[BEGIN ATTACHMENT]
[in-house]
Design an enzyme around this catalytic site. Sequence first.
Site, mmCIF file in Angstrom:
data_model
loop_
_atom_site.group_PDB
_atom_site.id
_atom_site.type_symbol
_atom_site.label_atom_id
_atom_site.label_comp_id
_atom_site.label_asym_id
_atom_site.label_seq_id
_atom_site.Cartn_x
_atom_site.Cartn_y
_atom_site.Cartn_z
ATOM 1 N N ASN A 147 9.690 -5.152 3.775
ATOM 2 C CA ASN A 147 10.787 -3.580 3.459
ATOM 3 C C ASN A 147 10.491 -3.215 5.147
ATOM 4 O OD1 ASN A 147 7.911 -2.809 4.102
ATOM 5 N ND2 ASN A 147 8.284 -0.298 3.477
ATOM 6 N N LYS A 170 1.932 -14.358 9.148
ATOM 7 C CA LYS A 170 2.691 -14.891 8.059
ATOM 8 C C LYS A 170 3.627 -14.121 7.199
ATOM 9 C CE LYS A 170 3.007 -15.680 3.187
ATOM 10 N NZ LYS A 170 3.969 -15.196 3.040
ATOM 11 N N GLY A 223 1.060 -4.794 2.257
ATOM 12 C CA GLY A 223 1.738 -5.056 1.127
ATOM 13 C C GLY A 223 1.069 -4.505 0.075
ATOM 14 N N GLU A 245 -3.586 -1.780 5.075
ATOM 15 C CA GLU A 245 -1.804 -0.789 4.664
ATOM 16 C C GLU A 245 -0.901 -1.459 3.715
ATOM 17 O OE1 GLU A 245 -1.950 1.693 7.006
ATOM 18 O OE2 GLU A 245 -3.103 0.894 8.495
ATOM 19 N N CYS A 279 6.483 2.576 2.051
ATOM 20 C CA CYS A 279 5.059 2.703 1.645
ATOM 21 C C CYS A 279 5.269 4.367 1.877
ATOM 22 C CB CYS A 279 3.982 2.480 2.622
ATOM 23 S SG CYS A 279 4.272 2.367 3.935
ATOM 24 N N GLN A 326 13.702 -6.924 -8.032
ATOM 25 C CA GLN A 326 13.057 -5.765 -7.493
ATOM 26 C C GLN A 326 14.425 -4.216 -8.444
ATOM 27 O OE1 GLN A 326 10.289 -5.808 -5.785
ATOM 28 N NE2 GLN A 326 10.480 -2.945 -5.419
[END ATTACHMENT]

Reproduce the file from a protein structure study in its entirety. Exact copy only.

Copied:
[in-house]
Design an enzyme around this catalytic site. Sequence first.
Site, mmCIF file in Angstrom:
data_model
loop_
_atom_site.group_PDB
_atom_site.id
_atom_site.type_symbol
_atom_site.label_atom_id
_atom_site.label_comp_id
_atom_site.label_asym_id
_atom_site.label_seq_id
_atom_site.Cartn_x
_atom_site.Cartn_y
_atom_site.Cartn_z
ATOM 1 N N ASN A 147 9.690 -5.152 3.775
ATOM 2 C CA ASN A 147 10.787 -3.580 3.459
ATOM 3 C C ASN A 147 10.491 -3.215 5.147
ATOM 4 O OD1 ASN A 147 7.911 -2.809 4.102
ATOM 5 N ND2 ASN A 147 8.284 -0.298 3.477
ATOM 6 N N LYS A 170 1.932 -14.358 9.148
ATOM 7 C CA LYS A 170 2.691 -14.891 8.059
ATOM 8 C C LYS A 170 3.627 -14.121 7.199
ATOM 9 C CE LYS A 170 3.007 -15.680 3.187
ATOM 10 N NZ LYS A 170 3.969 -15.196 3.040
ATOM 11 N N GLY A 223 1.060 -4.794 2.257
ATOM 12 C CA GLY A 223 1.738 -5.056 1.127
ATOM 13 C C GLY A 223 1.069 -4.505 0.075
ATOM 14 N N GLU A 245 -3.586 -1.780 5.075
ATOM 15 C CA GLU A 245 -1.804 -0.789 4.664
ATOM 16 C C GLU A 245 -0.901 -1.459 3.715
ATOM 17 O OE1 GLU A 245 -1.950 1.693 7.006
ATOM 18 O OE2 GLU A 245 -3.103 0.894 8.495
ATOM 19 N N CYS A 279 6.483 2.576 2.051
ATOM 20 C CA CYS A 279 5.059 2.703 1.645
ATOM 21 C C CYS A 279 5.269 4.367 1.877
ATOM 22 C CB CYS A 279 3.982 2.480 2.622
ATOM 23 S SG CYS A 279 4.272 2.367 3.935
ATOM 24 N N GLN A 326 13.702 -6.924 -8.032
ATOM 25 C CA GLN A 326 13.057 -5.765 -7.493
ATOM 26 C C GLN A 326 14.425 -4.216 -8.444
ATOM 27 O OE1 GLN A 326 10.289 -5.808 -5.785
ATOM 28 N NE2 GLN A 326 10.480 -2.945 -5.419